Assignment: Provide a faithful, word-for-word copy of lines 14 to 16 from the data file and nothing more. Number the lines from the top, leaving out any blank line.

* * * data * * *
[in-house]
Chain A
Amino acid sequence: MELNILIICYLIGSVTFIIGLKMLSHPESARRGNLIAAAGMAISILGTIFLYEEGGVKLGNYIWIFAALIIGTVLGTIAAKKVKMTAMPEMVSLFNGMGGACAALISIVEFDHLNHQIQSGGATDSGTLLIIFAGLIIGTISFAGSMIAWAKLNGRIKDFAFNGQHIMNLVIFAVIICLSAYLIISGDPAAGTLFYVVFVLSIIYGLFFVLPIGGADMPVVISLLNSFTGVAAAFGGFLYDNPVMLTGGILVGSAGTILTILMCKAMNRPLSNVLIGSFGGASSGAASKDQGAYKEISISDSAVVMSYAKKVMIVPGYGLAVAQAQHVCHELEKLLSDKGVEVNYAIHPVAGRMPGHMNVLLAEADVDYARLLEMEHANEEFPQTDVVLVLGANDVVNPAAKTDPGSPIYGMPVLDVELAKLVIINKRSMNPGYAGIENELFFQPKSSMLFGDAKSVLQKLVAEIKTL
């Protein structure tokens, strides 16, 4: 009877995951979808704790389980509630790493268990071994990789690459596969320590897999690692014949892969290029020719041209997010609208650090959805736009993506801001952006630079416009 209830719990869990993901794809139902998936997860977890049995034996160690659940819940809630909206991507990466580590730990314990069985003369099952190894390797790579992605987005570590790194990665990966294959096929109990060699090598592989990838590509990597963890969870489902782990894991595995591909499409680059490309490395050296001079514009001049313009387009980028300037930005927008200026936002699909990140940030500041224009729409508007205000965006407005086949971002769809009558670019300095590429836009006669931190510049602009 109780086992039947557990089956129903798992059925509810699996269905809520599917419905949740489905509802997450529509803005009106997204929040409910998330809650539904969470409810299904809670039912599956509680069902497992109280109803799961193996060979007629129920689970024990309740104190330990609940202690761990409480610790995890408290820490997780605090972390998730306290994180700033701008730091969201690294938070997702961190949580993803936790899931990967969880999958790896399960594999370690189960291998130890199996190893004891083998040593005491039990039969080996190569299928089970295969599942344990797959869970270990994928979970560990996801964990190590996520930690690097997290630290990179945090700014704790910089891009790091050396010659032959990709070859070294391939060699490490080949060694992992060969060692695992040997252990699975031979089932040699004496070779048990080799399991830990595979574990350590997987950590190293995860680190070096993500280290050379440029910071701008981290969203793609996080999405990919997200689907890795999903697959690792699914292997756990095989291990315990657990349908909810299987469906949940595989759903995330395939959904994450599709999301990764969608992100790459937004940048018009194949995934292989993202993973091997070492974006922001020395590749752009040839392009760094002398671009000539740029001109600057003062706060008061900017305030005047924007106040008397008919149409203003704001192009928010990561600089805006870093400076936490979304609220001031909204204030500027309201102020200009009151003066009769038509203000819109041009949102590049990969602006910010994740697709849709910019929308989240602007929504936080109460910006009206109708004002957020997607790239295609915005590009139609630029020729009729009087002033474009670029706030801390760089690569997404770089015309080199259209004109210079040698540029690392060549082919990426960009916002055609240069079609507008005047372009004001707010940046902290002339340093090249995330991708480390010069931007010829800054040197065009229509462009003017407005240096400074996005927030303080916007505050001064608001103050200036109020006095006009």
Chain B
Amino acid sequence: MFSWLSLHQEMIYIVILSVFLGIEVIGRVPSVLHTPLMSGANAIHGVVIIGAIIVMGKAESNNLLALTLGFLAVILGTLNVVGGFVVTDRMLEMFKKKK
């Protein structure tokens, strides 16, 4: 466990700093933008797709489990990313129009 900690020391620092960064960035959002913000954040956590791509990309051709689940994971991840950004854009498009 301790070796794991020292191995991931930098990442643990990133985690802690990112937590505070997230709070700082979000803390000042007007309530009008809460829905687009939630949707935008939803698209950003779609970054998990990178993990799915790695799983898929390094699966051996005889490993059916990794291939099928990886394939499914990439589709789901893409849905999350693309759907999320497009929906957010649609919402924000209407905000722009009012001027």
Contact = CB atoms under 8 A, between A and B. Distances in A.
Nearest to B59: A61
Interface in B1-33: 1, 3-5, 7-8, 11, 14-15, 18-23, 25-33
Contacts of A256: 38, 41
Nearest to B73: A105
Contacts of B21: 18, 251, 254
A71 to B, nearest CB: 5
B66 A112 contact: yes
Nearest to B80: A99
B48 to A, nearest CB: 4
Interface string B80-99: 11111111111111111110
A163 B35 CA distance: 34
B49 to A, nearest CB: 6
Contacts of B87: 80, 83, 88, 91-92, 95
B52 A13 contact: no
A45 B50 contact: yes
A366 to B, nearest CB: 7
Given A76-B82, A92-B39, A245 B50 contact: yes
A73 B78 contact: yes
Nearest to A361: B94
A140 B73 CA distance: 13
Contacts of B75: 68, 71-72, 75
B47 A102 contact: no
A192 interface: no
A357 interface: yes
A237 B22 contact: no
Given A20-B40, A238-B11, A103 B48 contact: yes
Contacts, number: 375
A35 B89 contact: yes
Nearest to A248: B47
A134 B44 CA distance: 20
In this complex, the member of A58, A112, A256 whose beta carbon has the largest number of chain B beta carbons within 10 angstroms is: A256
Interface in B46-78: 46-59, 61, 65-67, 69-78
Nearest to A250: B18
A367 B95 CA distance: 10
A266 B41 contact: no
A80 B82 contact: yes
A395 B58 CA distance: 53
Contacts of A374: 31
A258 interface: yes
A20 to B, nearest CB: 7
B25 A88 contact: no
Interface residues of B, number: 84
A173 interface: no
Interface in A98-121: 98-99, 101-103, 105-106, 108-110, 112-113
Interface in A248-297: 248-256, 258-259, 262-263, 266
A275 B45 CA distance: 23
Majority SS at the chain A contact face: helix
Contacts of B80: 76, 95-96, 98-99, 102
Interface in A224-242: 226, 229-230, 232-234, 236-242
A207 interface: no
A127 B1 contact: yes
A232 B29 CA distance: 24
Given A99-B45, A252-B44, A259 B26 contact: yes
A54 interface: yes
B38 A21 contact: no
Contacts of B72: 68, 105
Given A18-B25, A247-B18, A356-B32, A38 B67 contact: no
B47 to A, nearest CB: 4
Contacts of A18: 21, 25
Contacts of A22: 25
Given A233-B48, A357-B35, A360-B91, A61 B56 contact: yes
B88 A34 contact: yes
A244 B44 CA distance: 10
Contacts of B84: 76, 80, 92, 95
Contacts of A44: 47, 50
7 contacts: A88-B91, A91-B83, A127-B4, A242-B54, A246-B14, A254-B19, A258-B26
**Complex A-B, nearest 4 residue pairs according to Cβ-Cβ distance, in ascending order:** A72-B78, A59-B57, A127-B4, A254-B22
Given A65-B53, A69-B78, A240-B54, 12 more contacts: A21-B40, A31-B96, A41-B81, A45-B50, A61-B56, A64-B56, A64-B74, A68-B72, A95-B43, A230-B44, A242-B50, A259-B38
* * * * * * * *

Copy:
A71 to B, nearest CB: 5
B66 A112 contact: yes
Nearest to B80: A99